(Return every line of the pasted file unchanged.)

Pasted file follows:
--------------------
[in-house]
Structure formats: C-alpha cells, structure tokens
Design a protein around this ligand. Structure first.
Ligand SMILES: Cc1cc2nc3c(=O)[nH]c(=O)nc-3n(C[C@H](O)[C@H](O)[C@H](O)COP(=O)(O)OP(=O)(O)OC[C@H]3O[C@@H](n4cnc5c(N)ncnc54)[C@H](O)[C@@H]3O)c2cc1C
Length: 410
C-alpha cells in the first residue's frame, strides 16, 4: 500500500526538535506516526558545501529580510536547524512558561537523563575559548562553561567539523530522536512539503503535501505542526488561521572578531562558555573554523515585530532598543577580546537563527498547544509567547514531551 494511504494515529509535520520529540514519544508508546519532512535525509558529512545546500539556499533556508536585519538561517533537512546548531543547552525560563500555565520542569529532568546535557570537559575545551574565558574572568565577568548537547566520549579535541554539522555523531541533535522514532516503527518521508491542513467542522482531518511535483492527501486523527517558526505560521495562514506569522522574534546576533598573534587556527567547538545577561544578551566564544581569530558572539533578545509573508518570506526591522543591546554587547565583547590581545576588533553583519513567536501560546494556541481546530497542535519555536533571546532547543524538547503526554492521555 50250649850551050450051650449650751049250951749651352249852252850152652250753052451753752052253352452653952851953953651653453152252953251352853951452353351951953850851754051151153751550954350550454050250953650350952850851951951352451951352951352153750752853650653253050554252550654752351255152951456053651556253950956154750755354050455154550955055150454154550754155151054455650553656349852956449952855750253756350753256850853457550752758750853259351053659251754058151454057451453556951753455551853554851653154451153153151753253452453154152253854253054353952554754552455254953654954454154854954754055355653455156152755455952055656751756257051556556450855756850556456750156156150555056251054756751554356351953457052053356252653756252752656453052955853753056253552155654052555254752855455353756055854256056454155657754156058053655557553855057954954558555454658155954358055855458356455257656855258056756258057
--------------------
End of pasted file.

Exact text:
[in-house]
Structure formats: C-alpha cells, structure tokens
Design a protein around this ligand. Structure first.
Ligand SMILES: Cc1cc2nc3c(=O)[nH]c(=O)nc-3n(C[C@H](O)[C@H](O)[C@H](O)COP(=O)(O)OP(=O)(O)OC[C@H]3O[C@@H](n4cnc5c(N)ncnc54)[C@H](O)[C@@H]3O)c2cc1C
Length: 410
C-alpha cells in the first residue's frame, strides 16, 4: 500500500526538535506516526558545501529580510536547524512558561537523563575559548562553561567539523530522536512539503503535501505542526488561521572578531562558555573554523515585530532598543577580546537563527498547544509567547514531551 494511504494515529509535520520529540514519544508508546519532512535525509558529512545546500539556499533556508536585519538561517533537512546548531543547552525560563500555565520542569529532568546535557570537559575545551574565558574572568565577568548537547566520549579535541554539522555523531541533535522514532516503527518521508491542513467542522482531518511535483492527501486523527517558526505560521495562514506569522522574534546576533598573534587556527567547538545577561544578551566564544581569530558572539533578545509573508518570506526591522543591546554587547565583547590581545576588533553583519513567536501560546494556541481546530497542535519555536533571546532547543524538547503526554492521555 50250649850551050450051650449650751049250951749651352249852252850152652250753052451753752052253352452653952851953953651653453152252953251352853951452353351951953850851754051151153751550954350550454050250953650350952850851951951352451951352951352153750752853650653253050554252550654752351255152951456053651556253950956154750755354050455154550955055150454154550754155151054455650553656349852956449952855750253756350753256850853457550752758750853259351053659251754058151454057451453556951753455551853554851653154451153153151753253452453154152253854253054353952554754552455254953654954454154854954754055355653455156152755455952055656751756257051556556450855756850556456750156156150555056251054756751554356351953457052053356252653756252752656453052955853753056253552155654052555254752855455353756055854256056454155657754156058053655557553855057954954558555454658155954358055855458356455257656855258056756258057